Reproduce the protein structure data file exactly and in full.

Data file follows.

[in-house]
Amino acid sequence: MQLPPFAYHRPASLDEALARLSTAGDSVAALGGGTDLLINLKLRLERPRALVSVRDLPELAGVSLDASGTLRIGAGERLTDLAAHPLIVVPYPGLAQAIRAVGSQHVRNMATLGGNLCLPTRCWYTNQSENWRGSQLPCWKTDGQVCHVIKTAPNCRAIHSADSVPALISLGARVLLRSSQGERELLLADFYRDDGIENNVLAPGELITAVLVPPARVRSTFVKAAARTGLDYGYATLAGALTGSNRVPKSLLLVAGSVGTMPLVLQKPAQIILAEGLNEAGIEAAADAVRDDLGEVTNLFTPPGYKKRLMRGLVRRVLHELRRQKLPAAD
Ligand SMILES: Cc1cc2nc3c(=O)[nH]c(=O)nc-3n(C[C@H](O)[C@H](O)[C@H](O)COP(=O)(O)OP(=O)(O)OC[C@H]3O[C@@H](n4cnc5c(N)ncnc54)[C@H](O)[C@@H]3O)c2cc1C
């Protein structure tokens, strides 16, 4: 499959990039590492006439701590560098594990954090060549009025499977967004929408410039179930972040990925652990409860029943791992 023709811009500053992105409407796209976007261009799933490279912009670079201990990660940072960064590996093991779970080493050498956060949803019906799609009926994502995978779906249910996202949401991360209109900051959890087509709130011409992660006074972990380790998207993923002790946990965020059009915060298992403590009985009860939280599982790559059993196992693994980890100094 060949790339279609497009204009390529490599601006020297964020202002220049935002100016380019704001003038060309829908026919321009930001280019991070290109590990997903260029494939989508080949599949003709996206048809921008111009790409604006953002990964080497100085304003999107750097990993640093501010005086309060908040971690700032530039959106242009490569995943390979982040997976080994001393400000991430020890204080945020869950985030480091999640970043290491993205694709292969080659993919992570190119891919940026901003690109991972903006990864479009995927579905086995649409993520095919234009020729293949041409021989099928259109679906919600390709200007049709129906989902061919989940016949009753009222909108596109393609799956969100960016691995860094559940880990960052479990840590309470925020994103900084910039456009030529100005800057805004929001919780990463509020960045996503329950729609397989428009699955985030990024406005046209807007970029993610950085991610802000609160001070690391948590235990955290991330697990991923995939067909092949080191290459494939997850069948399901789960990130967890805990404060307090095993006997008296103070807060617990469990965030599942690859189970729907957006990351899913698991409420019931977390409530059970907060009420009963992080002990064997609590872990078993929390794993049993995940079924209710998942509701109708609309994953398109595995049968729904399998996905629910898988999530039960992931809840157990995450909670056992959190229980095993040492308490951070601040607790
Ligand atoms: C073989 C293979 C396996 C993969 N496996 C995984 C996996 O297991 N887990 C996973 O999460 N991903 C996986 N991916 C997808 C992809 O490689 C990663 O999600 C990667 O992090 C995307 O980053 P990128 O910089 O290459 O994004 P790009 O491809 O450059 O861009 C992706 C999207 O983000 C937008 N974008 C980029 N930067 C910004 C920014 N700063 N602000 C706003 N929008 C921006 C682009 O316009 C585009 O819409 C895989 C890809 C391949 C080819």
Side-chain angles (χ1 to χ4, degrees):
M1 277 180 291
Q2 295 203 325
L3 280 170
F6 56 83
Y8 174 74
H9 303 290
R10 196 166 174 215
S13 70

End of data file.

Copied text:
[in-house]
Amino acid sequence: MQLPPFAYHRPASLDEALARLSTAGDSVAALGGGTDLLINLKLRLERPRALVSVRDLPELAGVSLDASGTLRIGAGERLTDLAAHPLIVVPYPGLAQAIRAVGSQHVRNMATLGGNLCLPTRCWYTNQSENWRGSQLPCWKTDGQVCHVIKTAPNCRAIHSADSVPALISLGARVLLRSSQGERELLLADFYRDDGIENNVLAPGELITAVLVPPARVRSTFVKAAARTGLDYGYATLAGALTGSNRVPKSLLLVAGSVGTMPLVLQKPAQIILAEGLNEAGIEAAADAVRDDLGEVTNLFTPPGYKKRLMRGLVRRVLHELRRQKLPAAD
Ligand SMILES: Cc1cc2nc3c(=O)[nH]c(=O)nc-3n(C[C@H](O)[C@H](O)[C@H](O)COP(=O)(O)OP(=O)(O)OC[C@H]3O[C@@H](n4cnc5c(N)ncnc54)[C@H](O)[C@@H]3O)c2cc1C
């Protein structure tokens, strides 16, 4: 499959990039590492006439701590560098594990954090060549009025499977967004929408410039179930972040990925652990409860029943791992 023709811009500053992105409407796209976007261009799933490279912009670079201990990660940072960064590996093991779970080493050498956060949803019906799609009926994502995978779906249910996202949401991360209109900051959890087509709130011409992660006074972990380790998207993923002790946990965020059009915060298992403590009985009860939280599982790559059993196992693994980890100094 060949790339279609497009204009390529490599601006020297964020202002220049935002100016380019704001003038060309829908026919321009930001280019991070290109590990997903260029494939989508080949599949003709996206048809921008111009790409604006953002990964080497100085304003999107750097990993640093501010005086309060908040971690700032530039959106242009490569995943390979982040997976080994001393400000991430020890204080945020869950985030480091999640970043290491993205694709292969080659993919992570190119891919940026901003690109991972903006990864479009995927579905086995649409993520095919234009020729293949041409021989099928259109679906919600390709200007049709129906989902061919989940016949009753009222909108596109393609799956969100960016691995860094559940880990960052479990840590309470925020994103900084910039456009030529100005800057805004929001919780990463509020960045996503329950729609397989428009699955985030990024406005046209807007970029993610950085991610802000609160001070690391948590235990955290991330697990991923995939067909092949080191290459494939997850069948399901789960990130967890805990404060307090095993006997008296103070807060617990469990965030599942690859189970729907957006990351899913698991409420019931977390409530059970907060009420009963992080002990064997609590872990078993929390794993049993995940079924209710998942509701109708609309994953398109595995049968729904399998996905629910898988999530039960992931809840157990995450909670056992959190229980095993040492308490951070601040607790
Ligand atoms: C073989 C293979 C396996 C993969 N496996 C995984 C996996 O297991 N887990 C996973 O999460 N991903 C996986 N991916 C997808 C992809 O490689 C990663 O999600 C990667 O992090 C995307 O980053 P990128 O910089 O290459 O994004 P790009 O491809 O450059 O861009 C992706 C999207 O983000 C937008 N974008 C980029 N930067 C910004 C920014 N700063 N602000 C706003 N929008 C921006 C682009 O316009 C585009 O819409 C895989 C890809 C391949 C080819």
Side-chain angles (χ1 to χ4, degrees):
M1 277 180 291
Q2 295 203 325
L3 280 170
F6 56 83
Y8 174 74
H9 303 290
R10 196 166 174 215
S13 70